by Gary Fouse
Listening to some of the silly comments coming out of Wednesday’s Colin Kaepernick protest in front of the NFL offices in New York made me laugh. One would have thought that the out of work quarterback was Joan of Arc, Jackie Robinson and Jesus Christ all wrapped into one. He is none of the above.
Kaepernick, you will recall was the second string quarterback who decided to kneel rather than stand during the National Anthem because of his sympathy for the Black Lives Matter movement. To hear Kaepernick describe it, you would think America was still mired in the days of the 1950s South. His antics caused many fans to switch to other sports like lacrosse or Chinese checkers rather than put up with this drama.
I recall back in 1968 when US Olympians John Carlos and Tommie Smith raised their fists in the black power salute while on the winners’ stand in Mexico City. It caused a furor and they were sent back home. Over time, however, most of us (me anyway) have been able to put their gesture in perspective. They had a right to be indignant over the way blacks were being treated in certain parts of America in 1968. Now is a different day. That is why I take issue with Kaepernick’s actions, which are spreading and threaten to cause real discord within the NFL.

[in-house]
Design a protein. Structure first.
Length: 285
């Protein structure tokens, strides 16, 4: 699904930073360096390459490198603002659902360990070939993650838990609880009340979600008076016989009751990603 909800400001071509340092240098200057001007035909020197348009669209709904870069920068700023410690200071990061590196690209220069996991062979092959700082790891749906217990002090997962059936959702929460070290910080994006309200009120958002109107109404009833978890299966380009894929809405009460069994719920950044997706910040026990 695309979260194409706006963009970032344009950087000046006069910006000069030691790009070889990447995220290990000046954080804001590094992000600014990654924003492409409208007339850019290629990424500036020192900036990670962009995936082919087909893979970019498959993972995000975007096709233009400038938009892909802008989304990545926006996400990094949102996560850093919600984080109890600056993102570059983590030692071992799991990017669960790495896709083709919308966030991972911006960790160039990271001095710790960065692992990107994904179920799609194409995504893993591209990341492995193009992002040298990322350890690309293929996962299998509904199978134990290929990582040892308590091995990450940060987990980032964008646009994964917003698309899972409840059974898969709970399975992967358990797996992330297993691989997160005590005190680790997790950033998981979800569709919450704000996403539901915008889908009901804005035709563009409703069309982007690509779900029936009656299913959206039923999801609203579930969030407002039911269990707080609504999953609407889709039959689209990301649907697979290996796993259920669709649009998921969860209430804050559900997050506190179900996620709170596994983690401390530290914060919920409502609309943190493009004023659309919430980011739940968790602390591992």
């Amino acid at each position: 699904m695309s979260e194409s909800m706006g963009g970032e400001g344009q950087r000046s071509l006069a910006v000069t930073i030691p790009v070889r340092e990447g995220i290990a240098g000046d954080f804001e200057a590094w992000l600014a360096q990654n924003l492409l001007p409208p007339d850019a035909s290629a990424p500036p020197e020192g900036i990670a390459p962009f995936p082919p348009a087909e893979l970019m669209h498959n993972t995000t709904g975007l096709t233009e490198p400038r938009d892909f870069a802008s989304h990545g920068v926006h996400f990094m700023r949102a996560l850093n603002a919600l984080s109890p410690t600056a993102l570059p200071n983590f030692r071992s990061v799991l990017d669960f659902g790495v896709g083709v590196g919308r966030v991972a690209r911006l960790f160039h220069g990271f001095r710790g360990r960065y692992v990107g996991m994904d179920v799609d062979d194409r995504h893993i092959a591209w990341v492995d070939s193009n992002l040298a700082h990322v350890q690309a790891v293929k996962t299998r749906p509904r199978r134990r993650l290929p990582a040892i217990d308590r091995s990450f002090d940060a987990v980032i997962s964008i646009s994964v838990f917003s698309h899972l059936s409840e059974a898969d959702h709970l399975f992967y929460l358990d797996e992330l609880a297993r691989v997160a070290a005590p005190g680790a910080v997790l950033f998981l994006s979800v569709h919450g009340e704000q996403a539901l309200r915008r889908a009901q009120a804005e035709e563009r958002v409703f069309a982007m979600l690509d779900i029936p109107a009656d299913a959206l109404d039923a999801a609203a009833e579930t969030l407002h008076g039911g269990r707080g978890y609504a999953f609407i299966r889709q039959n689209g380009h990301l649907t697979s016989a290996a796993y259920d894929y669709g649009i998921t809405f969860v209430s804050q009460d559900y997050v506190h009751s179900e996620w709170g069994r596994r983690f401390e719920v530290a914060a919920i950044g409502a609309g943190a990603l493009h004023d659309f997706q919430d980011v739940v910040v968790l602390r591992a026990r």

After last season, Kaepernick made the decision to opt out of his 49ers contract and become a free agent. However, to date, no NFL team has signed him, which has led to charges by some that the NFL and its owners have conspired to keep him out of the game.
I doubt that very seriously because a conspiracy between that many people (over 30) doesn’t stay a secret very long. More likely that most or possibly all of the owners have decided that the majority of their fans don’t want this character smokin’ into town, wearing their team’s colors, and playing his games with the National Anthem. If Kaepernick were so good that he could take their team to the Super Bowl, they would be in a rush to sign him. However, we are talking about a backup quarterback here-at least on most of the league’s teams.
Here is something else that Kaepernick (and most other observers) have overlooked. As one who has lived in three other countries, I became used to standing when their anthem was played. It didn’t mean I owed my allegiance to that country; it was just proper respect and it was expected. Now that the NFL is playing games in England and soon in Mexico, it would be the custom to play the two respective national anthems. Would Kaepernick take a knee in London while “God Save the Queen” was being played? Of course not. Then why can’t he stand for his own anthem?
Colin Kaepernick has put himself in this situation. He should man up and tell people to knock off the protests and the signs of solidarity from other players who are starting to emulate him. The last thing any team needs is division within the locker room over this issue. If some team chooses to sign him, that is their business. If not, he should take the consequences of his actions like a man.